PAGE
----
• Have them continue using the BookEnd rhetoric, which is next most, next least, etc., until all have been assigned a rank. 
    • Aggregate the scores and continue with the conversion into Action described above.
  1. You might conduct Quantitative SW-OT for the current situation, and then conduct another Quantitative SW-OT for some agreed upon time in the future. If projections are evidence-based, then the strategy can be unveiled by determining what Actions will get us from here to there.
  2. To support change management, you could also conduct Quantitative SW-OT at varying levels within the organization. Contrasting the Current Situation at the C-Suite, Director, and Supervisory levels provides interesting and compelling evidence as to WHAT Actions need to occur that will get us from where we are to where we would like to be in the future. 

(In our MG RUSH curriculum, we explain quadrant analysis, baselining, temporal shift, group personality coding, and other esoteric factors. See the Professional Certified class for further details.)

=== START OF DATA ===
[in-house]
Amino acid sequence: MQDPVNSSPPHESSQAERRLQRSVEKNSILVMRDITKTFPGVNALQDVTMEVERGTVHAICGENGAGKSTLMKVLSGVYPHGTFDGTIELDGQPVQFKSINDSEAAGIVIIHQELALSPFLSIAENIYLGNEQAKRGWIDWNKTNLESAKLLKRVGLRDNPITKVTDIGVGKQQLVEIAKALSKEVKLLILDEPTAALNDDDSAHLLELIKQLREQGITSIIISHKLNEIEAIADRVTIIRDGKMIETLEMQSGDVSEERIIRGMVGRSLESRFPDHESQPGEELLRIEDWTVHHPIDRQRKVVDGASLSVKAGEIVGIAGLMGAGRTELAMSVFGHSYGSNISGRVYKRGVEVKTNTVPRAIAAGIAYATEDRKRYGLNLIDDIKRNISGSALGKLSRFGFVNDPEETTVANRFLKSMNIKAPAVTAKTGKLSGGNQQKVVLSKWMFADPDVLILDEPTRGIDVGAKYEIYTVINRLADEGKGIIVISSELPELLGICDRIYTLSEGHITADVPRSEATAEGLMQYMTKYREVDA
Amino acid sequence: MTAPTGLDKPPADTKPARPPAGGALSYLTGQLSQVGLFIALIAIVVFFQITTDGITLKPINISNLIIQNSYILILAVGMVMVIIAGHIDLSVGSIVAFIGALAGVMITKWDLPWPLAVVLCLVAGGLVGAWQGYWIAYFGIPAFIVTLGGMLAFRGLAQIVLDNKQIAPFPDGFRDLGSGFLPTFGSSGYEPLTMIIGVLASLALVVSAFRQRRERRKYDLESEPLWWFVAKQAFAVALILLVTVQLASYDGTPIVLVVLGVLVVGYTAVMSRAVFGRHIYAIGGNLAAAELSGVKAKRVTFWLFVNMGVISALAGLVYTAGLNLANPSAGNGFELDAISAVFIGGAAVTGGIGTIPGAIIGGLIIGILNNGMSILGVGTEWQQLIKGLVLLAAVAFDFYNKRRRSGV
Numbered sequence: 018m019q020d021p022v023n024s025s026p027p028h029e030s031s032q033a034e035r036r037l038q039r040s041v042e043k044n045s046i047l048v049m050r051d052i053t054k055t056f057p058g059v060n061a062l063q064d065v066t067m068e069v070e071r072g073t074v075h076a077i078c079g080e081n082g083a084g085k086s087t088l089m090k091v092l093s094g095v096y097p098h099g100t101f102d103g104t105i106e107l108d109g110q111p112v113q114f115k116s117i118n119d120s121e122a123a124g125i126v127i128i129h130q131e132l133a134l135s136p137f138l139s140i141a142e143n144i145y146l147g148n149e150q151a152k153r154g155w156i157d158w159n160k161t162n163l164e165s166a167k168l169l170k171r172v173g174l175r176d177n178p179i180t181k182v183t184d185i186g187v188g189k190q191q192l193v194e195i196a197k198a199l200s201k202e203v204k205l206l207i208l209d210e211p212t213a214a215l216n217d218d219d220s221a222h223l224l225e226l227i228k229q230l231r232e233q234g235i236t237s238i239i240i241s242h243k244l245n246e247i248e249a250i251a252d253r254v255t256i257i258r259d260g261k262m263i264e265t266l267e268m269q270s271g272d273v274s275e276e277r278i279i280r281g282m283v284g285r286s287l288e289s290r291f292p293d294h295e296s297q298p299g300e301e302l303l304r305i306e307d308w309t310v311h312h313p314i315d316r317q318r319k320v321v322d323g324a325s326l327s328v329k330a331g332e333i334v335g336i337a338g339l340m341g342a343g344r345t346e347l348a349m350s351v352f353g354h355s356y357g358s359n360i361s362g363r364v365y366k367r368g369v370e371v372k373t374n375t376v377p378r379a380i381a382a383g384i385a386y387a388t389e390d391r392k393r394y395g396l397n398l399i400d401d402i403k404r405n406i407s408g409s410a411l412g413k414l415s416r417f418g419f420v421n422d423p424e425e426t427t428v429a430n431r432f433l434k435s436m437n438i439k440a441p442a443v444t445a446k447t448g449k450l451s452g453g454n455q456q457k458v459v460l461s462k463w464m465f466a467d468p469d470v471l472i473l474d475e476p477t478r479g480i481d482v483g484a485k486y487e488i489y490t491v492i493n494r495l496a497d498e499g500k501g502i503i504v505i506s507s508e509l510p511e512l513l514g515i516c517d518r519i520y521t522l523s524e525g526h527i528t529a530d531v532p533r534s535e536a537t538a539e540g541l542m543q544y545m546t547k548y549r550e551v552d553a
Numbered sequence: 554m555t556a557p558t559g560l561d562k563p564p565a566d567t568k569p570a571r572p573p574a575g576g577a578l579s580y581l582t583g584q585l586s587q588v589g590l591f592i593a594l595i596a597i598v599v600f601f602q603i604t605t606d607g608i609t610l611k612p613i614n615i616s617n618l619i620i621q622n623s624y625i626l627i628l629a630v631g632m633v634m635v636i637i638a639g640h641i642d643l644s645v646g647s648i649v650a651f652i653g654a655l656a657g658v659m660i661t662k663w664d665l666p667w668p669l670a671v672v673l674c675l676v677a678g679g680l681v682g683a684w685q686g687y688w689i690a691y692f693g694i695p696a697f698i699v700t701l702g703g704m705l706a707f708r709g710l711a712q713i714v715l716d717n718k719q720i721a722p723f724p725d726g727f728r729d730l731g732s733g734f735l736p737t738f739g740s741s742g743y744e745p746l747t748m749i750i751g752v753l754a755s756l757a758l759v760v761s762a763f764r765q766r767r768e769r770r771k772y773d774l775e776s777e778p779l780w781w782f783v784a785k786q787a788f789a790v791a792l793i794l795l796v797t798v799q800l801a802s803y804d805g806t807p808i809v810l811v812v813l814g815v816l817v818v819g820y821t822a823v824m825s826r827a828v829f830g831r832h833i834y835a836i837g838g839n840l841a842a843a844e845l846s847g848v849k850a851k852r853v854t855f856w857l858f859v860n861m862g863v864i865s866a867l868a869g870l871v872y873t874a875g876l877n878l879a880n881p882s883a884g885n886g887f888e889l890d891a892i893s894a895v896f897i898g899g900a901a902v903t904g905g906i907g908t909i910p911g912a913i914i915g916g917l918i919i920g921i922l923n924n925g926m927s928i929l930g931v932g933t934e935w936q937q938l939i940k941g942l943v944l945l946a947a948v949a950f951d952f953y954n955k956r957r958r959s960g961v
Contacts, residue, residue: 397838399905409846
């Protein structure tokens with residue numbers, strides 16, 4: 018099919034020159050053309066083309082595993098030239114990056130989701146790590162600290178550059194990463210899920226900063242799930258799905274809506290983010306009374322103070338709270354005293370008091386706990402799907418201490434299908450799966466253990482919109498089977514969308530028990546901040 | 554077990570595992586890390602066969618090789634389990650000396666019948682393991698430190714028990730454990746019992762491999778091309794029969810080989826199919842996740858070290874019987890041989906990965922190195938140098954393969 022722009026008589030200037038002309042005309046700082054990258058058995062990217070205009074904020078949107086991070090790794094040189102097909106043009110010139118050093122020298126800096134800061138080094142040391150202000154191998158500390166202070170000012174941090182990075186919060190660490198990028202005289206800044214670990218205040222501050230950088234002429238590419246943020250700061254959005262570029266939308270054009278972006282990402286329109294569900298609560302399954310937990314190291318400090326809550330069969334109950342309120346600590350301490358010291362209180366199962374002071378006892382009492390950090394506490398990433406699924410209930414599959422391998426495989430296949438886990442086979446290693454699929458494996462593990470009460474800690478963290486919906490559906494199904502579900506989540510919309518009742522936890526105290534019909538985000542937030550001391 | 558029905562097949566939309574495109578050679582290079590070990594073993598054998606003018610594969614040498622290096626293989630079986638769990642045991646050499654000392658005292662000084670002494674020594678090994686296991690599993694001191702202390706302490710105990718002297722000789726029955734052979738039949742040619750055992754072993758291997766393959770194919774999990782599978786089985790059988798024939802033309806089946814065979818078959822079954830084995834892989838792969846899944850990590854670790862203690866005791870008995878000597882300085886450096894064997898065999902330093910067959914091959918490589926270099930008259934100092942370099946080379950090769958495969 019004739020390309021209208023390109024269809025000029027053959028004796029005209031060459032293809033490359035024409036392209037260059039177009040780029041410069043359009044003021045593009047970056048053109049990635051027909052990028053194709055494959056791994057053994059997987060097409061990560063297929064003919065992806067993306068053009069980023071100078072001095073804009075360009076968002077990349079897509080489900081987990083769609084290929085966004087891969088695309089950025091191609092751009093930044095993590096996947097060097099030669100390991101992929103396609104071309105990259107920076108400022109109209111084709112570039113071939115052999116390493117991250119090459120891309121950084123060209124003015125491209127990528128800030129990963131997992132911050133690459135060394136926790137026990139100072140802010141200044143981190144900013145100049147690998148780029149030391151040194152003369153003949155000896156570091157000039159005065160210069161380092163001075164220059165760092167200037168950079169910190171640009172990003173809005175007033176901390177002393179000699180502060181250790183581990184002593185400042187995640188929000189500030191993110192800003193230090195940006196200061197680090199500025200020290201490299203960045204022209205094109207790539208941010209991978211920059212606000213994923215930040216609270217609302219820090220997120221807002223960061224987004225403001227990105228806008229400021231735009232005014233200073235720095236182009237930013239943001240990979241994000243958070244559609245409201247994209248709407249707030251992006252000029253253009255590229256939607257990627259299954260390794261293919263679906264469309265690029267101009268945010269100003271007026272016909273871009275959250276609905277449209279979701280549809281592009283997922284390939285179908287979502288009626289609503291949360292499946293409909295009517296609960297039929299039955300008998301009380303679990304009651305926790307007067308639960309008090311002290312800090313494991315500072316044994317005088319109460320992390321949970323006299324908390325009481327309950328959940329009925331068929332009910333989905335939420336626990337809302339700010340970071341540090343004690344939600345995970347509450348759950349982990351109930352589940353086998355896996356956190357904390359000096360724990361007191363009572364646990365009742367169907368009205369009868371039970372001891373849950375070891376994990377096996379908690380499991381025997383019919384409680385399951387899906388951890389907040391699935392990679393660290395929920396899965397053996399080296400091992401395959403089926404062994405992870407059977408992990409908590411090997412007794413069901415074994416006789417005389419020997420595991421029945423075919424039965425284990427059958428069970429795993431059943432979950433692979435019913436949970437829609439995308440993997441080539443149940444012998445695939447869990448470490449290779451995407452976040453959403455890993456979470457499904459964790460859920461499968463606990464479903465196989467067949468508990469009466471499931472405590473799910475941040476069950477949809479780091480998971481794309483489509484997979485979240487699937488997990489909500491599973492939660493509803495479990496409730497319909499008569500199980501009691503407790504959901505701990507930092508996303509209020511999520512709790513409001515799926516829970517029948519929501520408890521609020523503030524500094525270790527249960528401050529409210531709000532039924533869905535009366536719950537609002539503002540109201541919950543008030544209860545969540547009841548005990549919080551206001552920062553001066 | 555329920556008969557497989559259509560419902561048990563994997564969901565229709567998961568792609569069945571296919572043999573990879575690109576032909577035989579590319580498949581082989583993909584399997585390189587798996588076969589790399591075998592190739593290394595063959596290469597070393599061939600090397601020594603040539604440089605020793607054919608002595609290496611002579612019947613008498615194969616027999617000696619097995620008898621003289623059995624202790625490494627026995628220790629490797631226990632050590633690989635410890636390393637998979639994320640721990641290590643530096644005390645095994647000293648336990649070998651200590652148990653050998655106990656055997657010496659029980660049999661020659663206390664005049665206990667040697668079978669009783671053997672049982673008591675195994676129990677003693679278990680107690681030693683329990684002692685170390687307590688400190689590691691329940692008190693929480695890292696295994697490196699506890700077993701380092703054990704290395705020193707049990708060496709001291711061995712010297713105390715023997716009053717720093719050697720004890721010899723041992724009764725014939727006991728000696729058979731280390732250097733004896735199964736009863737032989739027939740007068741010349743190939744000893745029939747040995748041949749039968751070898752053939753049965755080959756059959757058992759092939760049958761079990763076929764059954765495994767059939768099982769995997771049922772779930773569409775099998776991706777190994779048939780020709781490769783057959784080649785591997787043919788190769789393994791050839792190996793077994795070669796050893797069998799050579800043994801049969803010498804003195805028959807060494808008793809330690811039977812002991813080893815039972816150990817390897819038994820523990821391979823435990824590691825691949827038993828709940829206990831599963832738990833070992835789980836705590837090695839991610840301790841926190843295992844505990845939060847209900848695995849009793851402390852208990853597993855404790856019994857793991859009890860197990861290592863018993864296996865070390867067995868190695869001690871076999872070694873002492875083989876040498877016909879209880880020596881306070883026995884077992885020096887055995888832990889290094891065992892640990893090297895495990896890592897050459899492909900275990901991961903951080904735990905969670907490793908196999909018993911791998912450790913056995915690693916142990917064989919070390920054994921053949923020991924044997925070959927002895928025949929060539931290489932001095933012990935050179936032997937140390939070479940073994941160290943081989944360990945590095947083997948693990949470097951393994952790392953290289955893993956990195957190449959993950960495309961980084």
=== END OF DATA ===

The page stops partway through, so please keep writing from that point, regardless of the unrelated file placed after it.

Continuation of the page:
Don’t ruin your career or reputation with bad meetings. Register for a class or forward this to someone who should. Taught by world-class instructors, MG RUSH  professional facilitation curriculum focuses on practice. Each student thoroughly practices and rehearses tools, methods, and approaches throughout the week. While some call this immersion, we call it the road to building impactful facilitation skills.

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Facilitation Expert

Terrence Metz, CSM, PSPO, CSPF, is the Managing Director of MG RUSH Facilitation Training and Coaching, the acknowledged leader in structured facilitation training. His FAST Facilitation Best Practices blog features over 300 articles on facilitation skills and tools aimed at helping others lead faster, more productive meetings and workshops that yield higher quality decisions. His clients include Agilists, Scrum teams, program and project managers, senior officers, and the business analyst community among numerous private and public companies and global corporations. As an undergraduate of Northwestern University (Evanston, IL) and MBA graduate from NWU’s Kellogg School of Management, his professional experience has focused on process improvement and product development. He continually aspires to make it easier for others to succeed.